BioCycle September/October 2019
Burlington, Vermont: “Resistome” Of Postconsumer Food Waste And Compost On Poultry Farm
University of Vermont researchers Korin Eckstrom (Dept. of Microbiology & Molecular Genetics) and John W. Barlow (Dept. of Animal & Veterinary Sciences) studied the risks associated with the transfer of antibiotic and antimicrobial-resistant genes, bacteria, and pathogens through food waste on a Vermont poultry farm. They posted their paper in July, “Resistome metagenomics from plate to farm: the resistome and microbial composition during food waste feeding and composting on a Vermont poultry farm.” In a nutshell, the study found that the risk of incorporating novel or multi-drug resistance from human sources appears to be minimal, with a reduction in pathogens throughout the composting process.
Note the authors in the abstract, “the risk associated with the transfer of antimicrobial resistant bacteria (ARB), antibiotic resistance genes (ARGs), or pathogens from food waste is not well characterized. Using shotgun metagenomic sequencing, ARGs, microbial content, and associated virulence factors were successfully identified across samples from an integrated poultry farm that feeds postconsumer food waste. A total of 495 distinct bacterial species or subspecies, 50 ARGs, and 54 virulence gene sequences were found. ARG sequences related to aminoglycoside, tetracycline, and macrolide resistance were most prominent, while most virulence gene sequences were related to transposon or integron activity. Microbiome content was distinct between on-farm samples and off-farm food waste collection sites, with a reduction in pathogens throughout the composting process. While most samples contained some level of resistance, only 3 resistance gene sequences occurred in both on- and off-farm samples and no multidrug resistance (MDR) gene sequences persisted once on the farm.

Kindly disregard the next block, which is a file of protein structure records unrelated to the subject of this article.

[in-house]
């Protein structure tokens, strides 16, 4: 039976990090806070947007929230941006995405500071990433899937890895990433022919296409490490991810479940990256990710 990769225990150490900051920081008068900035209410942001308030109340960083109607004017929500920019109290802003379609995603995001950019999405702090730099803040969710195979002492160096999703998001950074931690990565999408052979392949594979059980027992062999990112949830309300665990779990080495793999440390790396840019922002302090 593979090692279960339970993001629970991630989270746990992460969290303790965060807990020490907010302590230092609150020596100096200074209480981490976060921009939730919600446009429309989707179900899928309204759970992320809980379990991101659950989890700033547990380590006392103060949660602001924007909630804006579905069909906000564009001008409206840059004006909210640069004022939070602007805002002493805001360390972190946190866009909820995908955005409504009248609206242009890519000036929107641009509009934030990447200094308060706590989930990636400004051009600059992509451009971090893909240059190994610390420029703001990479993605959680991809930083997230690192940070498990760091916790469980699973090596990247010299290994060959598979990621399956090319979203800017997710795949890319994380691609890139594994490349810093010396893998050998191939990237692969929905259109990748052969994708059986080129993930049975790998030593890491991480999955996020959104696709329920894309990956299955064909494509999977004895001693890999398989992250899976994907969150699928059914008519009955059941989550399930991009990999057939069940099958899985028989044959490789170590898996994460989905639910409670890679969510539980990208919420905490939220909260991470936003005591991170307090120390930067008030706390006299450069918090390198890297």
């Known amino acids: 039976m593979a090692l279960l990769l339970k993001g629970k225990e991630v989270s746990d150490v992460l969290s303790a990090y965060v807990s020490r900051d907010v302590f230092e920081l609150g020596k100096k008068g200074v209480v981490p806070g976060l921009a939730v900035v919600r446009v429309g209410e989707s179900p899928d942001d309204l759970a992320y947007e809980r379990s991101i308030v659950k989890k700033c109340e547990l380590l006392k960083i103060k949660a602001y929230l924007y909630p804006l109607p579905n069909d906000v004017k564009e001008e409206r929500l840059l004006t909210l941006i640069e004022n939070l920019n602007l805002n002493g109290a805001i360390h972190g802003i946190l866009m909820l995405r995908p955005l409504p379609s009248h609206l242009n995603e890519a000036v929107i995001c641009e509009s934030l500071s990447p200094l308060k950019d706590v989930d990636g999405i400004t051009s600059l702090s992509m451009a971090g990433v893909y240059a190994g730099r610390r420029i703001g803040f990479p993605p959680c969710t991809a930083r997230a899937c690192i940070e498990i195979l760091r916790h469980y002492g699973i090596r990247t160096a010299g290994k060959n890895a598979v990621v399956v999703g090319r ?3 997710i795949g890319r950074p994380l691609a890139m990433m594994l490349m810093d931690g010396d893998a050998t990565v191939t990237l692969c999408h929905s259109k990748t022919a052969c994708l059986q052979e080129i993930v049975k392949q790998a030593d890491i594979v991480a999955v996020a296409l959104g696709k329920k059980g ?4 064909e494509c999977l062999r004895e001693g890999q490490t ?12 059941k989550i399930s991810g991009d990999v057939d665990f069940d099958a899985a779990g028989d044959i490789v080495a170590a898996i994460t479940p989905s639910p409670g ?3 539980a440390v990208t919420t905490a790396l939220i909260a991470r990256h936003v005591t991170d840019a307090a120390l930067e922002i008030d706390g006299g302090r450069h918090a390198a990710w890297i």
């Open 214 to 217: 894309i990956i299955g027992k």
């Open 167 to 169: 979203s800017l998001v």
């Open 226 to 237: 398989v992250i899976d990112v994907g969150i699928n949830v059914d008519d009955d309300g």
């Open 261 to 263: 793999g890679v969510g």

“The risk of incorporating novel or multi-drug resistance from human sources appears to be minimal and the practice of utilizing post-consumer food scraps as feed for poultry and composting material may not present a significant risk for human or animal health. Pearson correlation and co-inertia analysis identified a significant interaction between resistance and virulence genes (P = 0.05, RV = 0.67), indicating that ability to undergo gene transfer may be a better marker for ARG risk than presence of specific bacterial species. This work expands the knowledge of ARG fate during food scrap animal feeding and composting and provides a methodology for reproducible analysis.”
Danbury, Connecticut: Compostable Fruit Sticker Trial
New England Compost, LLC, a medium-size aerobic static pile (ASP) composting facility in Danbury, tested the compostability of certified compostable produce stickers during the winter of 2018-2019. Novamont North America provided the stickers — which have a plastic film layer made from Novamont’s Mater-Bi compostable resin — for the trial. Polycart S.p.A. in Italy manufactures the stickers. The test protocol involved applying the stickers to apples and putting the whole and quartered apples into nondegradable mesh bags along with some food scraps and yard trimmings. The mesh bags were then buried in the active windrow (containing 80-100 cubic yards of material) so that the apples and stickers would be exposed to the microbial action of the composting process. Each mesh bag was attached to a rope and a cone marker so that it could be found when the time came to remove it from the windrow. Composting temperatures for the first half of the 30-day period were >165°F; for the second half (15 days) temperatures were >156°F.